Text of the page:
Should be fun to watch.

“I just hope these guys have a great season this year. They look great,” Piric said. “With Kevin playing as well as he is, and new guys and Juan being the great player that he is I think that they can have a great season. I’m looking forward to following their results.”

For a better idea about Piric and his remarkable story of flight from war-torn Bosnia, check this out.

As you might surmise, I’ve been in a weird state of mind, which the link in the first sentence may have suggested. I’ve played Etta James’ song a dozen times through my earphones. She died Friday. I’m not a big Etta James fan, but that song — At Last — is a big part of my life. When I was a lad growing up in Columbus, Ohio, we traveled frequently to visit my grandmother in Celina, Ohio. She owned a restaurant, a steak house to be precise. On weekends, after dinner hour, it turned into honky-tonk of sorts.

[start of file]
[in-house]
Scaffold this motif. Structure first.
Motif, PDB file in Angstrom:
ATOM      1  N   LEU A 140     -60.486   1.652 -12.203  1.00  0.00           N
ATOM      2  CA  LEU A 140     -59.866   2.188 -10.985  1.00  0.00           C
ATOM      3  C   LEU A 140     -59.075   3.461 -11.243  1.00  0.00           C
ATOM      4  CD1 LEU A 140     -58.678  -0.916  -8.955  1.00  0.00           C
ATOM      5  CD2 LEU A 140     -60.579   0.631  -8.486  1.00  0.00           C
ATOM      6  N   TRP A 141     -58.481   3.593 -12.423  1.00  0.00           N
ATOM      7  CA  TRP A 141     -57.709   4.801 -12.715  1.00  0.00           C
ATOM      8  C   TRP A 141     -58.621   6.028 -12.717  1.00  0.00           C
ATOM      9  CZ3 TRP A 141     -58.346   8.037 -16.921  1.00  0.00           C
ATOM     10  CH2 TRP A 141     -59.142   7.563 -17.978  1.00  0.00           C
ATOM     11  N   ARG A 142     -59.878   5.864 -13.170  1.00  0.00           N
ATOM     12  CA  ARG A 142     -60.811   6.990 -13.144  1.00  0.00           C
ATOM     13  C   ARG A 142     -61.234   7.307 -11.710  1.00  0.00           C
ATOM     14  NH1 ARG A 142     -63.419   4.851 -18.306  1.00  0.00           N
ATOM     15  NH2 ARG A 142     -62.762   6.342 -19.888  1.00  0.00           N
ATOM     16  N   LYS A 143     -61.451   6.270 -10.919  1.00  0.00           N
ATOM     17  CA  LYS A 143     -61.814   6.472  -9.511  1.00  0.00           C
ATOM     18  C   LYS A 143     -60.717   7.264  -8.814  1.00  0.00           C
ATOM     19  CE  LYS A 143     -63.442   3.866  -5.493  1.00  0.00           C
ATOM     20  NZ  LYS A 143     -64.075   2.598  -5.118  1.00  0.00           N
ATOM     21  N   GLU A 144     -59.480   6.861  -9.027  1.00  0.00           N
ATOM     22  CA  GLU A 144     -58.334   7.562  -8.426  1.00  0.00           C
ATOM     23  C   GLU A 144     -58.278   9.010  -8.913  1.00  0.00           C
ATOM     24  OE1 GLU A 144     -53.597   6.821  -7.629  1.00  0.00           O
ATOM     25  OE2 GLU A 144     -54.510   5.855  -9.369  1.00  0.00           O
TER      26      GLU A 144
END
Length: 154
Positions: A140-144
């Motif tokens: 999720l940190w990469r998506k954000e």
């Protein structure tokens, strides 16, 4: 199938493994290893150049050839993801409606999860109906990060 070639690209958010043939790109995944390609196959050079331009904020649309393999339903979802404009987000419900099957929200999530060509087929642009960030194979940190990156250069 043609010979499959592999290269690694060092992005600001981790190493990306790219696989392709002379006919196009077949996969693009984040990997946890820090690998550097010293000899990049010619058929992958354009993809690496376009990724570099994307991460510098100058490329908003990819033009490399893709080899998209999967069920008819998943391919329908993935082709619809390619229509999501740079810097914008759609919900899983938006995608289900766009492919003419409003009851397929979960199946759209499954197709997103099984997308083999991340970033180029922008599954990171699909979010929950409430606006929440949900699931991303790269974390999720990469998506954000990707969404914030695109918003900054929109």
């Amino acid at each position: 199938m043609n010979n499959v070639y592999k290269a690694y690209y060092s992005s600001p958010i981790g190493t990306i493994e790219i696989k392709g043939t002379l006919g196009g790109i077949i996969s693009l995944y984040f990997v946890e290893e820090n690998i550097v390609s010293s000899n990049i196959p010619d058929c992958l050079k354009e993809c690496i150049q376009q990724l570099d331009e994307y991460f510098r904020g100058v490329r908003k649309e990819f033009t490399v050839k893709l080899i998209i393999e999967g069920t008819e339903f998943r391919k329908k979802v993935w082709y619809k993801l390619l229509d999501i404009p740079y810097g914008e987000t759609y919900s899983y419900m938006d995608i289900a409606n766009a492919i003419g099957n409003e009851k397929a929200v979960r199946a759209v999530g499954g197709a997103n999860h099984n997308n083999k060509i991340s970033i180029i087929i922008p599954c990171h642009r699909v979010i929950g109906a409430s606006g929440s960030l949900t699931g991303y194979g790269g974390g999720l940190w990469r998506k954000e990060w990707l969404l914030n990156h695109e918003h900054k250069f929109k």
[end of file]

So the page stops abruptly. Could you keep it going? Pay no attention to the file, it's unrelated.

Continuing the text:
This James song was among many on the juke box that turned up often. Those are memories burned on my brain. The lights would go down at a certain point, and the juke box would play (unless there was a band, which happened sometimes), and my brothers and I would run around like we owned the place.

We sat on the tall bar stools, raced under the booths, snuck into the dining room to steal ice cream out of the freezer, rode the dumbwaiter elevator up and down, snuck around in the walk-in freezer downstairs.

All the time, there were songs like, “At Last.”